Florida Python Challenge Kicks Off Friday, Hundreds of Snake Hunters Expected to Join Event

by Emily Morgan

The annual Florida Python Challenge is gearing up to kick off this week, and it’s got people from all over the country trying their hand at hunting Burmese Pythons.

This weekend, the statewide competition will bring hundreds of snake-hunting professionals and novices to the sunshine state to hunt what wildlife officials call the state’s most invasive species.

Among those getting reading for the multi-day hunt is Amy Siewe. At just 5’4″ and 120 pounds, Siewe may appear small. However, when it comes to hunting Pythons, she’s a beast.

“I don’t look like I can catch a 17-foot snake,” the 45-year-old said. “But I can.”

The Florida Python Challenge encourages novice snake hunters to go after the serpents for cash prizes. This year’s challenge runs Aug. 5 through Aug. 14. Its goal is to both hunt snakes and raises awareness of the harm they cause to the environment.

“The proliferation of pythons is an emergency situation for our native wildlife in South Florida,” said Michael Kirkland, senior invasive animal biologist for the South Florida Water Management District and the manager of Florida’s Python Elimination Program. “Human detection right now is the most effective tool in our toolbox.”

Kirkland said people like Siewe had removed 10,000 pythons since the state began looking into the problem in 2017. With the additional help of novices during the challenge, the state hopes to catch as many as possible.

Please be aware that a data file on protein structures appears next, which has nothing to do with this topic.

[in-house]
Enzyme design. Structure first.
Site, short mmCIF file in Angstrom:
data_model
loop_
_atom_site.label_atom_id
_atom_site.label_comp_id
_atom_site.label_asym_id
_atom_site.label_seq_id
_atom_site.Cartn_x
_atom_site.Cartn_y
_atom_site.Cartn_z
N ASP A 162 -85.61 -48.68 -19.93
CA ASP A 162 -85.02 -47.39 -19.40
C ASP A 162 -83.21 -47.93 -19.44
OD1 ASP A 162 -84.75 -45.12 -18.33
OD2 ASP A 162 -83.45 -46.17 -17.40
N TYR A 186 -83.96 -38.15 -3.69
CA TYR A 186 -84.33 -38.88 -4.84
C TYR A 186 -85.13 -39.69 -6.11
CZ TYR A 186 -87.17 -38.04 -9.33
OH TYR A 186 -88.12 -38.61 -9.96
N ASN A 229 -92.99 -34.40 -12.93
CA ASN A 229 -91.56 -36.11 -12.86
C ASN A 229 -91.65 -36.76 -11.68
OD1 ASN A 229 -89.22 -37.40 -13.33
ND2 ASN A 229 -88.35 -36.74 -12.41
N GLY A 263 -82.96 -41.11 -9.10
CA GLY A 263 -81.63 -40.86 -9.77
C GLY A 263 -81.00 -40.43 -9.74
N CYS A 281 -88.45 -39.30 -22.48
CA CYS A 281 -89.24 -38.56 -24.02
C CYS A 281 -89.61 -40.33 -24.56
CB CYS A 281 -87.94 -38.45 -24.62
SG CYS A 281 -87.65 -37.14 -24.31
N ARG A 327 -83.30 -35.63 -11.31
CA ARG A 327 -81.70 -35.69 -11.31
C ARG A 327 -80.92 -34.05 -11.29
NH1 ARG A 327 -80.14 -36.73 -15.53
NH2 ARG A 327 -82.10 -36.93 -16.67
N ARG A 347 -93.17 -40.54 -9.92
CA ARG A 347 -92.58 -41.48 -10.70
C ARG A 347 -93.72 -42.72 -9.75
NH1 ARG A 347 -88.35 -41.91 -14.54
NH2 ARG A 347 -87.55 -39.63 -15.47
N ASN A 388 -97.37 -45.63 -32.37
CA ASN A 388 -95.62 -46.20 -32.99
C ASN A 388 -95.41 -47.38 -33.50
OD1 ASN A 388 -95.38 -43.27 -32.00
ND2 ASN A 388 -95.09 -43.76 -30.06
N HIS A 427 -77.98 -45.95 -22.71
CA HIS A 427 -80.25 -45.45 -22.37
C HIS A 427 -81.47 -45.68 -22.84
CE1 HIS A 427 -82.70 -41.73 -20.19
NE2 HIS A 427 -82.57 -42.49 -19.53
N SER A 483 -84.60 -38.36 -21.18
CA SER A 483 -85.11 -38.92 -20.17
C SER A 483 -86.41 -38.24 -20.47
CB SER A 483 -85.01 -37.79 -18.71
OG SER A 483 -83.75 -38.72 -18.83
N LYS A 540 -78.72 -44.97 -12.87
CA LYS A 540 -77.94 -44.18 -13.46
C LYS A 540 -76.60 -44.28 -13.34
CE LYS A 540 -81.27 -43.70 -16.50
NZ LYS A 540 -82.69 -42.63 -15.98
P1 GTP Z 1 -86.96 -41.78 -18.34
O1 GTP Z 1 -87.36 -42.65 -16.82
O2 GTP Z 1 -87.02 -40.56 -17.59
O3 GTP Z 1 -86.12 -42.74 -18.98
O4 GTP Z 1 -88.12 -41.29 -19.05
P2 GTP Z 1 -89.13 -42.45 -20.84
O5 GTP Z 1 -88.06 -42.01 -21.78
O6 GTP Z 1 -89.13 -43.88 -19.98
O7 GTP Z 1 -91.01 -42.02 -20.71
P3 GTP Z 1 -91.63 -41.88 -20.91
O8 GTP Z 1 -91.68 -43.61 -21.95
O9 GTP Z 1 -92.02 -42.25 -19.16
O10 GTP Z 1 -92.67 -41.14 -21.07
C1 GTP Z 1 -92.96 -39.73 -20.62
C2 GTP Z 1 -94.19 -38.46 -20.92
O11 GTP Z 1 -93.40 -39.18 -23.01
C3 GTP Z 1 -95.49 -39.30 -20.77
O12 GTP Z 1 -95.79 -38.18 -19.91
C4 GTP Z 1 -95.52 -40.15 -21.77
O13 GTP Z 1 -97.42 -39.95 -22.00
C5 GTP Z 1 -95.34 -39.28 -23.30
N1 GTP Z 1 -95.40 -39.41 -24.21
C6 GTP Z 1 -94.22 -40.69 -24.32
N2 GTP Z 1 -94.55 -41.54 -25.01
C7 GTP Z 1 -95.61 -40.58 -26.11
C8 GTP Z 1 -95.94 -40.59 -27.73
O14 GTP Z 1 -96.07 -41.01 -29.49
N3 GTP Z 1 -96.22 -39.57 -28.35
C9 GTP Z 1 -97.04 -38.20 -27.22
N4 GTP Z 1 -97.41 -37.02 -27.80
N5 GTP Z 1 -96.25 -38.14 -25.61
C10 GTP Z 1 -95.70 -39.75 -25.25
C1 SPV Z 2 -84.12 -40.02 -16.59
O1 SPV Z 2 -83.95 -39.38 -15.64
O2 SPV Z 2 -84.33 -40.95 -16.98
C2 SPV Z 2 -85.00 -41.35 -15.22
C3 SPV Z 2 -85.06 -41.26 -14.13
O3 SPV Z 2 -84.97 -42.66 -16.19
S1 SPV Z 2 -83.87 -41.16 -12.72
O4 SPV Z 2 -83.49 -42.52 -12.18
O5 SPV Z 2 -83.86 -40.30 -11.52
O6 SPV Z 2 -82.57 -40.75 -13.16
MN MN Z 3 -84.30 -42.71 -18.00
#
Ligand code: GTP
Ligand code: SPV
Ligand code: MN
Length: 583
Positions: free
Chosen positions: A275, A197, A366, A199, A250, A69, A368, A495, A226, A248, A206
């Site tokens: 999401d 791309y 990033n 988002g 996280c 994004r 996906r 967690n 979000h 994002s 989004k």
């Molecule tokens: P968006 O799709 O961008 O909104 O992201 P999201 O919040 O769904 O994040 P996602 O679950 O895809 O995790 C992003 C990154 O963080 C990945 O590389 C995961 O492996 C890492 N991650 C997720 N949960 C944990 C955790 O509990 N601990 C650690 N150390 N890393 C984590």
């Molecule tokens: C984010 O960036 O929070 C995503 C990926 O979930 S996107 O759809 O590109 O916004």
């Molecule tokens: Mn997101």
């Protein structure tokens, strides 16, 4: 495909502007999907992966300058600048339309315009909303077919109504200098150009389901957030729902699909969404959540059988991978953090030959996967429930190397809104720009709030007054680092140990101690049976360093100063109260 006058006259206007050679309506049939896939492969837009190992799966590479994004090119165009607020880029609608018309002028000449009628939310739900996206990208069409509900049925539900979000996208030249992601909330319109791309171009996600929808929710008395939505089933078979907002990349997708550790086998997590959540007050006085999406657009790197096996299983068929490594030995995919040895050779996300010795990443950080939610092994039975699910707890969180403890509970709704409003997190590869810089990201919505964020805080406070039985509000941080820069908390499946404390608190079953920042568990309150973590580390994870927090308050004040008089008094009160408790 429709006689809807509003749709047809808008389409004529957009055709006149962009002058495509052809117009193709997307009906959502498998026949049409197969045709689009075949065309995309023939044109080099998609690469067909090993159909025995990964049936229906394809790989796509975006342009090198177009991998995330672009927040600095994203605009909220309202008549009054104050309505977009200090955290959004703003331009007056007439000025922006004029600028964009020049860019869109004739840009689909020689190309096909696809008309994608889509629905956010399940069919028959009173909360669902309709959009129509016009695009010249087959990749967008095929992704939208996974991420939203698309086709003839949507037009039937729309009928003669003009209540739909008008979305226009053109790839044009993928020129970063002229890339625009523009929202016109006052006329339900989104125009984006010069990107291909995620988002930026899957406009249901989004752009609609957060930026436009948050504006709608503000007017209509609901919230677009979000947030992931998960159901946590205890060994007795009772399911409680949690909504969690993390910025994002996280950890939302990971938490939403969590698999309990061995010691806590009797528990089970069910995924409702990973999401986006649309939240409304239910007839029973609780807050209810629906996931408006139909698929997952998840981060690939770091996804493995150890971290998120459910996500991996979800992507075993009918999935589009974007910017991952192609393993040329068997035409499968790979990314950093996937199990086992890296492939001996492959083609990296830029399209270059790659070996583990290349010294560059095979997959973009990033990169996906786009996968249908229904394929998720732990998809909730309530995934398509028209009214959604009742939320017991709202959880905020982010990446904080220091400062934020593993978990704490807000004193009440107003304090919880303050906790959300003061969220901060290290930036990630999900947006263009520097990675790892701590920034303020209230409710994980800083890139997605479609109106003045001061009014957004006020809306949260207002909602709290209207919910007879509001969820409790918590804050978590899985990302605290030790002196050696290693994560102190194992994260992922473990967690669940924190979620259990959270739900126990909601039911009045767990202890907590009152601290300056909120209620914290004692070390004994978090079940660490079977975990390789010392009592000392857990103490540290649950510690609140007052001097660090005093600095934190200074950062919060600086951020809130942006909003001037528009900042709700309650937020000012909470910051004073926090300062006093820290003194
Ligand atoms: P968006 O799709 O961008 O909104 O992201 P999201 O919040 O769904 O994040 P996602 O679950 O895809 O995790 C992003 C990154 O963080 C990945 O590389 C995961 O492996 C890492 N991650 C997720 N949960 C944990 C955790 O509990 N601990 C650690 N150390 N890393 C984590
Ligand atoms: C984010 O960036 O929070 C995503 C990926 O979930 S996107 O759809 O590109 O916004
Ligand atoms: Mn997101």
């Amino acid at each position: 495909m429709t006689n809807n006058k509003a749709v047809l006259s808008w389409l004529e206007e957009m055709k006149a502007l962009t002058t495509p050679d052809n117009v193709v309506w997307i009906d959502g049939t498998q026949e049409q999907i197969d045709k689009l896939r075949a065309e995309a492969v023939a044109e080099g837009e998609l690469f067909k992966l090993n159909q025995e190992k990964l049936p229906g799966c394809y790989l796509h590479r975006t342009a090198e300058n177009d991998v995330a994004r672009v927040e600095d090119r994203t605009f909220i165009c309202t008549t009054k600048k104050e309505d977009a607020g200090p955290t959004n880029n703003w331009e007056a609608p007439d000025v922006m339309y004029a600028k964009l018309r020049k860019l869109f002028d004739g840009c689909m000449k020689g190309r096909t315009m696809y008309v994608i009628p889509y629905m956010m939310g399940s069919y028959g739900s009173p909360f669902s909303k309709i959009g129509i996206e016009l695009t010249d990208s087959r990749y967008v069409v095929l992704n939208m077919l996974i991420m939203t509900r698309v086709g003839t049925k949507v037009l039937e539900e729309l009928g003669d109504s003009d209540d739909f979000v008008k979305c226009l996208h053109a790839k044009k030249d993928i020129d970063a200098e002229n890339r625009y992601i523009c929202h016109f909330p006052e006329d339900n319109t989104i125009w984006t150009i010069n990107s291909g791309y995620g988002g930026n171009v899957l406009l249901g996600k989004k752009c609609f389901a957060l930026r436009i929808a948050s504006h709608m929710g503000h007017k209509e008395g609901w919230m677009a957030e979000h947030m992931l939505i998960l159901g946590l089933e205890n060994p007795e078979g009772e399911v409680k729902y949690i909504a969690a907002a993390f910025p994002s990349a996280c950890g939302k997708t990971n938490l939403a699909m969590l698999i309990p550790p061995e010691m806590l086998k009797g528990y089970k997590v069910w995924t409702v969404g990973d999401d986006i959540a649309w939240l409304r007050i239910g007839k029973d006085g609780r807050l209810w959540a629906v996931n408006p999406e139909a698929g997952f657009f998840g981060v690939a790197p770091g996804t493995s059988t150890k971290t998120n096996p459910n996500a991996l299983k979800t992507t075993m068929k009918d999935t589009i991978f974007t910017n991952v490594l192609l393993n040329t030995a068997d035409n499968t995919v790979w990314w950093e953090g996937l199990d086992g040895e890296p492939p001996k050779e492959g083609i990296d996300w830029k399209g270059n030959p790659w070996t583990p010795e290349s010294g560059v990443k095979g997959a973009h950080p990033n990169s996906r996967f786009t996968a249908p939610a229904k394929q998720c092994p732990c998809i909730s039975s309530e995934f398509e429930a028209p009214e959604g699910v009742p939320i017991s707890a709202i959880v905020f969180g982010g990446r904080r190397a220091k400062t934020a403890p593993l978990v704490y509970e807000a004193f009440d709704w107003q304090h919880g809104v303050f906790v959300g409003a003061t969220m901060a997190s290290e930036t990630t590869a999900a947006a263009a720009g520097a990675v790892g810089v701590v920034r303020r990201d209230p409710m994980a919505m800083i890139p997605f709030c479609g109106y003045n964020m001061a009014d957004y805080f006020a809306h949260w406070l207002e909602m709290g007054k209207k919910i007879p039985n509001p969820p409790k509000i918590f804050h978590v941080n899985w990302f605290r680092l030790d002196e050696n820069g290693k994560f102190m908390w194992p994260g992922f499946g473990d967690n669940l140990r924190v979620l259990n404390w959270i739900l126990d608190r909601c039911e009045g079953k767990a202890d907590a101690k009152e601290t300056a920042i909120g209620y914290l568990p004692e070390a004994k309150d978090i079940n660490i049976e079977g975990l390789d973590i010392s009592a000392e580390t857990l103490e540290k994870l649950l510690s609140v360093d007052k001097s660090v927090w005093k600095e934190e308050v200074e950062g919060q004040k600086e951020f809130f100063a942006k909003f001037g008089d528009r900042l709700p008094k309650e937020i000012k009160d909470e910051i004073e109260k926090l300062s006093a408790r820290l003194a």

“When it comes to pythons, we need all the help and awareness we can get,” he said.

Snake hunting hopefuls must also pay a $25 registration fee and take an online course that requires them to prove that they can distinguish a Burmese python from native, less invasive, Florida snake species.

Snake hunters breaking out all the stops for Python challenge

Event organizers will also award successful hunters up to $2,500, given in a variety of categories, including the most pythons caught and the longest pythons captured.

For the professionals taking part in the event, the competition is stiff.

For instance, Siewe, a former real estate agent who moved to Florida from Indiana, earns $13 an hour for hunting pythons throughout the year. She also makes an additional $50 for the first 4 feet of any python she catches. Moreso, she gets $25 for each foot beyond that.

The largest python Siewe caught came in at 17 feet, 3 inches and weighed 110 pounds— nearly as much as her.

Among those facing off against Siewe is fellow professional python hunter and defending challenge champion Dusty Crum.

Born and raised in Florida, Crum caught the longest python in the competition’s professional category in 2021. He caught a 16-foot python.

In 2016, he was part of a three-person team that took top honors in the challenge, successfully hunting 33 snakes.

For this year’s competition, snake hunters plan to use various tools to set them apart from the competition. From snake hooks to unique bags to specialized lights that can spot the creepy crawlies in the dark of night, they’ve got it all.

To prepare for this year’s challenge, Crum plans to use his curated collection of snake-catching devices

“When it comes to the challenge, it’s guns blazing,” Crum said. “I’m trying to utilize all my equipment: little geo-trackers, four-wheelers. I’ve got swamp buggies, monster trucks with big tires on them.”